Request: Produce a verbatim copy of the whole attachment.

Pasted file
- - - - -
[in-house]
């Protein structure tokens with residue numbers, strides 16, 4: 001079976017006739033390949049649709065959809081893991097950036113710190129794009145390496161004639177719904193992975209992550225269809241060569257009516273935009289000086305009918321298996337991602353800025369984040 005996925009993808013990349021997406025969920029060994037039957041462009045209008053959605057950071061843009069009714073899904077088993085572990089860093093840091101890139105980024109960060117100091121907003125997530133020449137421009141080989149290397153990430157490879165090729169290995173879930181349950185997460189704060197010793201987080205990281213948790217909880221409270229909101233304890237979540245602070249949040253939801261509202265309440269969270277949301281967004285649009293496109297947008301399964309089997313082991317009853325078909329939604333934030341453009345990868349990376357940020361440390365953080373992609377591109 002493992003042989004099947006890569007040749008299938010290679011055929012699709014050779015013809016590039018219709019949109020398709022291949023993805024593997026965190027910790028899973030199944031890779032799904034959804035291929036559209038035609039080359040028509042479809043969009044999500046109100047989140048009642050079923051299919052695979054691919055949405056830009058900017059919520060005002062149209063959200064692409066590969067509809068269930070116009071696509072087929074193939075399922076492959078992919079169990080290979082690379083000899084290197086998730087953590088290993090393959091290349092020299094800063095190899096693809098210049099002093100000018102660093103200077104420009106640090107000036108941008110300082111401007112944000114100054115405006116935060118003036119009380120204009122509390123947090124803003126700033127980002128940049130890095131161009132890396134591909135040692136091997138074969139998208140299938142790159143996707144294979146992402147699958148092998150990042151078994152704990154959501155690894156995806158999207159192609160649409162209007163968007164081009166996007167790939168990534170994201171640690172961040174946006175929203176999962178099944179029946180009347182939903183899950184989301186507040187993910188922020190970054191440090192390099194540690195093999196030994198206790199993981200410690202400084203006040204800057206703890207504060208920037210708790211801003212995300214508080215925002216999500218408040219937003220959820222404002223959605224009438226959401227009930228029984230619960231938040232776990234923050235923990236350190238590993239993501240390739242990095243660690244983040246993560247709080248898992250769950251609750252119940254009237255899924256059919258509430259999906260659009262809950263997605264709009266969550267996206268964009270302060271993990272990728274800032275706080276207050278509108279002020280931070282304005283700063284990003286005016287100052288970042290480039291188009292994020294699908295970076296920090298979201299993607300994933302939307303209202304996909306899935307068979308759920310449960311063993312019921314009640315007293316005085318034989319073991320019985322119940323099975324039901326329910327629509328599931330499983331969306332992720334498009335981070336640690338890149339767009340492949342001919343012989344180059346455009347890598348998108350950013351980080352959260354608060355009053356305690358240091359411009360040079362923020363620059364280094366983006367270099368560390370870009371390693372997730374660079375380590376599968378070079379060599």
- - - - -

[in-house]
């Protein structure tokens with residue numbers, strides 16, 4: 001079976017006739033390949049649709065959809081893991097950036113710190129794009145390496161004639177719904193992975209992550225269809241060569257009516273935009289000086305009918321298996337991602353800025369984040 005996925009993808013990349021997406025969920029060994037039957041462009045209008053959605057950071061843009069009714073899904077088993085572990089860093093840091101890139105980024109960060117100091121907003125997530133020449137421009141080989149290397153990430157490879165090729169290995173879930181349950185997460189704060197010793201987080205990281213948790217909880221409270229909101233304890237979540245602070249949040253939801261509202265309440269969270277949301281967004285649009293496109297947008301399964309089997313082991317009853325078909329939604333934030341453009345990868349990376357940020361440390365953080373992609377591109 002493992003042989004099947006890569007040749008299938010290679011055929012699709014050779015013809016590039018219709019949109020398709022291949023993805024593997026965190027910790028899973030199944031890779032799904034959804035291929036559209038035609039080359040028509042479809043969009044999500046109100047989140048009642050079923051299919052695979054691919055949405056830009058900017059919520060005002062149209063959200064692409066590969067509809068269930070116009071696509072087929074193939075399922076492959078992919079169990080290979082690379083000899084290197086998730087953590088290993090393959091290349092020299094800063095190899096693809098210049099002093100000018102660093103200077104420009106640090107000036108941008110300082111401007112944000114100054115405006116935060118003036119009380120204009122509390123947090124803003126700033127980002128940049130890095131161009132890396134591909135040692136091997138074969139998208140299938142790159143996707144294979146992402147699958148092998150990042151078994152704990154959501155690894156995806158999207159192609160649409162209007163968007164081009166996007167790939168990534170994201171640690172961040174946006175929203176999962178099944179029946180009347182939903183899950184989301186507040187993910188922020190970054191440090192390099194540690195093999196030994198206790199993981200410690202400084203006040204800057206703890207504060208920037210708790211801003212995300214508080215925002216999500218408040219937003220959820222404002223959605224009438226959401227009930228029984230619960231938040232776990234923050235923990236350190238590993239993501240390739242990095243660690244983040246993560247709080248898992250769950251609750252119940254009237255899924256059919258509430259999906260659009262809950263997605264709009266969550267996206268964009270302060271993990272990728274800032275706080276207050278509108279002020280931070282304005283700063284990003286005016287100052288970042290480039291188009292994020294699908295970076296920090298979201299993607300994933302939307303209202304996909306899935307068979308759920310449960311063993312019921314009640315007293316005085318034989319073991320019985322119940323099975324039901326329910327629509328599931330499983331969306332992720334498009335981070336640690338890149339767009340492949342001919343012989344180059346455009347890598348998108350950013351980080352959260354608060355009053356305690358240091359411009360040079362923020363620059364280094366983006367270099368560390370870009371390693372997730374660079375380590376599968378070079379060599």